Entrée to Black Paris Blog

Paris Lock Down - What the Mayor's Office is Doing

Thursday, April 23rd, 2020

Paris Lock Down - What the Mayor's Office is Doing

Cover image: Hôtel de Ville (Paris' City Hall)
Photo by Rolldi -
CC-BY-SA 4.0

Though the death toll in France has surpassed 20,000, the number of hospitalized persons and the number of persons in intensive care is decreasing daily.

The post office plans to reopen 10,000 branches by the end of April and increase mail delivery to 4 times per week.

A progressive return to the classroom is still planned for students across France, beginning with the youngest grade levels on May 11.  The following week, middle school and high school students are slated to return, and by May 25, all schools will be reopened.  The maximum number of students per class will be reduced to fifteen (15).

The government is studying the possibility of allowing restaurants, bars, and cafés to reopen on June 15.

This week, Entrée to Black Paris turns its attention to what the City of Paris is doing to combat the pandemic.

By the end of April, the city plans to make 500,000 face masks available to the elderly, individuals with chronic illnesses, and pregnant women.  Distribution will take place at pharmacies throughout the city.

Saint Médard pharmacy
© Discover Paris!

An additional 1.7 million masks are projected to be distributed to other Paris residents by mid-May.

The city launched a massive testing campaign at elder care facilities on April 6.  As of April 20, 2,810 tests have been performed on residents and caregivers.

Paris' non-potable water supply, which is normally used to clean streets, water green spaces, and feed fountains, has been shut off due to the presence of traces of virus found in test samples.  Potable water is now being used for street cleaning and keeping parks and gardens flourishing.  Fountains are no longer running.

Dry Fountain - rue de Bazeilles
© Entrée to Black Paris

Garbage collection is being maintained.

Anyone having difficulty paying rent during the crisis is encouraged to contact his/her landlord immediately so that adjustments to payments can be made.  For residents of public housing, a variety of measures have been implemented to assist those in financial need.

For the homeless, the city is working with the Aurora Association to assemble sack lunches at locations in the 3rd, 14th, and 18th arrondissements.  Partnerships with the Salvation Army and the Paris Diocese of the Catholic Church facilitate the distribution of these lunches to the needy across town.  An additional 4400 lunches are distributed at 10 "solidarity" restaurants as well as delivered to people on the streets who do not frequent these restaurants.

Shelter for the homeless is being provided at four gymnasiums that were opened for overwintering in 2019.  One of these is dedicated to sheltering unaccompanied youth.  These facilities will remain open until May 31. 

Two additional gymnasiums were opened for refugees who were displaced from their camp in the Paris suburb of Aubervilliers on March 24.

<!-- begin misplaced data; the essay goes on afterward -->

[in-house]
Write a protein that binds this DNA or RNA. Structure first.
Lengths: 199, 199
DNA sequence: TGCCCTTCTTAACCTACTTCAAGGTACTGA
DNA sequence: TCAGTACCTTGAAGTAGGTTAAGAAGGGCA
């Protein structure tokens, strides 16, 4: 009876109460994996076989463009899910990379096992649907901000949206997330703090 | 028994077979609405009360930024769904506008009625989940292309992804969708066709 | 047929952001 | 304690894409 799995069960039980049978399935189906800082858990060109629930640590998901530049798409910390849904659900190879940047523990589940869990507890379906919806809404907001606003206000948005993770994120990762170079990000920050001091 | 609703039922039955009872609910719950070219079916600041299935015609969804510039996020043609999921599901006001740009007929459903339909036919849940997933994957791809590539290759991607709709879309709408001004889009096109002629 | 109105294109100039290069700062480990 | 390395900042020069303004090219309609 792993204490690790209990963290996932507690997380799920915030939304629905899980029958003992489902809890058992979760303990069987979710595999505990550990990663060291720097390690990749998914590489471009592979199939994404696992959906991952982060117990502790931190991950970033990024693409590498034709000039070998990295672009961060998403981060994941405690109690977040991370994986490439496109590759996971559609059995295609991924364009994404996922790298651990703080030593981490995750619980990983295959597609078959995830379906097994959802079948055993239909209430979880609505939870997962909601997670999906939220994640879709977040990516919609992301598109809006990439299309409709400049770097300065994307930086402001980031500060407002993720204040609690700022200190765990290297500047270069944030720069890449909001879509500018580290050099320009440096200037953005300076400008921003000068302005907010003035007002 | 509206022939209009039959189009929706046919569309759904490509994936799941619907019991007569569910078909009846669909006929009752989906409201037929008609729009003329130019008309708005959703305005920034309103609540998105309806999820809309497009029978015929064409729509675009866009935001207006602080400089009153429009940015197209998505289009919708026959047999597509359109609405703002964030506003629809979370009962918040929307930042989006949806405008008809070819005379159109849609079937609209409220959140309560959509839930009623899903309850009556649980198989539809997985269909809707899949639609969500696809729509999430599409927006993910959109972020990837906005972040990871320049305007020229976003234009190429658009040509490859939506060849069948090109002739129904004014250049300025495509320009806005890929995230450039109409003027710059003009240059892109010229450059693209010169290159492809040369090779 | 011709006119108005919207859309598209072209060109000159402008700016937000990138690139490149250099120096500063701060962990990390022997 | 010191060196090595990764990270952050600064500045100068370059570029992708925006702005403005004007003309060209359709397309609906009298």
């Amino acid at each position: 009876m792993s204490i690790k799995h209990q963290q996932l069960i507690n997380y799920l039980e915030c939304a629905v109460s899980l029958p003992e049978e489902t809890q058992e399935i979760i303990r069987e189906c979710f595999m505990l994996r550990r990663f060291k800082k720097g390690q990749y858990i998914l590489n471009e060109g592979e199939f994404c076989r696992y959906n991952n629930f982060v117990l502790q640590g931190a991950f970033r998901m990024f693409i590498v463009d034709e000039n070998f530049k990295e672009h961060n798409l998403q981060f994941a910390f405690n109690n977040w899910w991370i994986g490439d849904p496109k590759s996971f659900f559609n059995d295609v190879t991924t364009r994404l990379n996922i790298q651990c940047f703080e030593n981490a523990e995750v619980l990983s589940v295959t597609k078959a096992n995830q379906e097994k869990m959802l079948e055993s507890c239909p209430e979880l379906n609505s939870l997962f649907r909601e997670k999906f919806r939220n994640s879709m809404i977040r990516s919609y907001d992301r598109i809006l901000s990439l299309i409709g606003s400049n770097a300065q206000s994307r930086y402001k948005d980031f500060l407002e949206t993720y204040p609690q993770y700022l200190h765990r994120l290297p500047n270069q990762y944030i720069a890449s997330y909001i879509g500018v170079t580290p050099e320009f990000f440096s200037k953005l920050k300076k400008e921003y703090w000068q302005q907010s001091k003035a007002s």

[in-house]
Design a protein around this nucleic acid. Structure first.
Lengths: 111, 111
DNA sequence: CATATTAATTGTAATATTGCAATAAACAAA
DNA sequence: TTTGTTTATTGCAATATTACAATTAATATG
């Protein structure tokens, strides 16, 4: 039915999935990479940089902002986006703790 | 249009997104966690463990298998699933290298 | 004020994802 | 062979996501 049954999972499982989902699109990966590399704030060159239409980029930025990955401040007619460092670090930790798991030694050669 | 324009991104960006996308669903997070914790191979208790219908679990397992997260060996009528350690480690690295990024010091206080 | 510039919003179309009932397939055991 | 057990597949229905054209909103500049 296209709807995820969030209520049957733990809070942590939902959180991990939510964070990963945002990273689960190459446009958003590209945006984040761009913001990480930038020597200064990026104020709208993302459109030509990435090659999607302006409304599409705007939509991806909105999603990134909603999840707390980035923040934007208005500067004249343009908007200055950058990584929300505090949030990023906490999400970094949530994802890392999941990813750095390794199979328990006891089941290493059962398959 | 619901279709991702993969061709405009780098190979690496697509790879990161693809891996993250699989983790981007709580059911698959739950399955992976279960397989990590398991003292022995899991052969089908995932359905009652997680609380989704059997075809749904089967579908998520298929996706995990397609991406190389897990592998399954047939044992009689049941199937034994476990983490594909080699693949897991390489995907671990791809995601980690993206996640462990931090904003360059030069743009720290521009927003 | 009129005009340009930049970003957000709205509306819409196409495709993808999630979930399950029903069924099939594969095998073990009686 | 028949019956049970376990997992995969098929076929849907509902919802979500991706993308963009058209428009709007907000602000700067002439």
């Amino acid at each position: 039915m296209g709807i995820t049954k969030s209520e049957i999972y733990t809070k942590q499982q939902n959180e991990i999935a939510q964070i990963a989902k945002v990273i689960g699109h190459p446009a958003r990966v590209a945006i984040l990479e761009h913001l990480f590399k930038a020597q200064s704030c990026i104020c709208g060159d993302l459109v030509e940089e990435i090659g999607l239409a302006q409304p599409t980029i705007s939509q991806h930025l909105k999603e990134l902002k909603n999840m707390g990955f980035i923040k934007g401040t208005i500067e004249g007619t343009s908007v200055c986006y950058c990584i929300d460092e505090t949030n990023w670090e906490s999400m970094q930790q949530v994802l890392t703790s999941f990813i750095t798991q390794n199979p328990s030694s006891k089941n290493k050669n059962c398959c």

Two shelters dedicated to persons who are COVID-19 positive have been opened - one for single men and one for single women and families.

All public toilets and public baths are open for use during the crisis.

The city is providing childcare for all persons on the front lines of the crisis and has made certain subterranean parking lots free for health care providers.

The town halls for the city's 20 arrondissements remain open to handle urgent matters only.

Mairie of the 5th arrondissement
Photo by LPLT
CC-BY-SA 3.0

The mayor's office plans to make hand sanitizer gels permanently available at public places throughout the city once the lock down is lifted.  For young children, who risk ingesting the gel or suffering skin irritation from using it, soap dispensers will be made available.

Someone in the 5th arrondissement had a similar idea.  The Wallace fountain shown below streams potable water.  Someone has helpfully tied a bar of soap to the fountain.

Wallace Fountain with soap bar
© Entrée to Black Paris

Le Petit Olivier soap bar
© Entree to Black Paris

The City of Paris Web site has posted a page that presents photographs of areas around town that are completely devoid of people.  View it here:

Restez Chez Vous, Paris Vous Attend (Stay Home, Paris Awaits You)

And I'm sharing a few images of my favorite place in Paris - the Luxembourg Garden.  They were taken from the street, as the garden remains closed during the lock down.  Fortunately, it is not too far from home!

We were able to take these photos during the one-hour liberty for promenades that is allowed during lock down.

Garden Path
© Entree to Black Paris

Back of Medicis Fountain
© Entree to Black Paris

Espaliered Apple Trees
© Entree to Black Paris

Vernajoux Apple Blossoms
© Entree to Black Paris

I hope you're enjoying spring, even as you stay close to home!